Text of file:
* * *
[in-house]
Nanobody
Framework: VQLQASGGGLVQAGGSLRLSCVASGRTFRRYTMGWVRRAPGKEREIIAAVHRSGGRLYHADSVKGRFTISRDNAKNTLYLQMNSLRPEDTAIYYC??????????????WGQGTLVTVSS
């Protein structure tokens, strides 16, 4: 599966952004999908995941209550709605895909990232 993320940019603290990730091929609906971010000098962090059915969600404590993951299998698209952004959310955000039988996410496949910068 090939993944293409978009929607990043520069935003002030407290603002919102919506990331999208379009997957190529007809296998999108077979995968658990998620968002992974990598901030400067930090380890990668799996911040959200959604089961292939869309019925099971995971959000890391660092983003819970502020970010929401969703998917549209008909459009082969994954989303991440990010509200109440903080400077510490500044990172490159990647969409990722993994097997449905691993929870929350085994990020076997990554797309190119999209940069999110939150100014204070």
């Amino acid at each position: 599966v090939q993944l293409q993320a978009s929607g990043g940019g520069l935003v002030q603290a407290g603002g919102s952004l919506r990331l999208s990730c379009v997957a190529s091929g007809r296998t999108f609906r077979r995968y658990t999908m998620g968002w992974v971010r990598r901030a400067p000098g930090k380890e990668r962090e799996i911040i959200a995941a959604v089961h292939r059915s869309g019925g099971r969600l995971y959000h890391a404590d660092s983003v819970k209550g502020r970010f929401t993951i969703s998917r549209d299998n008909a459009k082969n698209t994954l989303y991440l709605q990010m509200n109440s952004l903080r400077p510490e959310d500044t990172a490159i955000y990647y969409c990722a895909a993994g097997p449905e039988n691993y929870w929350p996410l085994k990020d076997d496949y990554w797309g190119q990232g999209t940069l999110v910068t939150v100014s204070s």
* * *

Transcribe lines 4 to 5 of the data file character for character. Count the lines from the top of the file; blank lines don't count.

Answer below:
């Protein structure tokens, strides 16, 4: 599966952004999908995941209550709605895909990232 993320940019603290990730091929609906971010000098962090059915969600404590993951299998698209952004959310955000039988996410496949910068 090939993944293409978009929607990043520069935003002030407290603002919102919506990331999208379009997957190529007809296998999108077979995968658990998620968002992974990598901030400067930090380890990668799996911040959200959604089961292939869309019925099971995971959000890391660092983003819970502020970010929401969703998917549209008909459009082969994954989303991440990010509200109440903080400077510490500044990172490159990647969409990722993994097997449905691993929870929350085994990020076997990554797309190119999209940069999110939150100014204070």
């Amino acid at each position: 599966v090939q993944l293409q993320a978009s929607g990043g940019g520069l935003v002030q603290a407290g603002g919102s952004l919506r990331l999208s990730c379009v997957a190529s091929g007809r296998t999108f609906r077979r995968y658990t999908m998620g968002w992974v971010r990598r901030a400067p000098g930090k380890e990668r962090e799996i911040i959200a995941a959604v089961h292939r059915s869309g019925g099971r969600l995971y959000h890391a404590d660092s983003v819970k209550g502020r970010f929401t993951i969703s998917r549209d299998n008909a459009k082969n698209t994954l989303y991440l709605q990010m509200n109440s952004l903080r400077p510490e959310d500044t990172a490159i955000y990647y969409c990722a895909a993994g097997p449905e039988n691993y929870w929350p996410l085994k990020d076997d496949y990554w797309g190119q990232g999209t940069l999110v910068t939150v100014s204070s």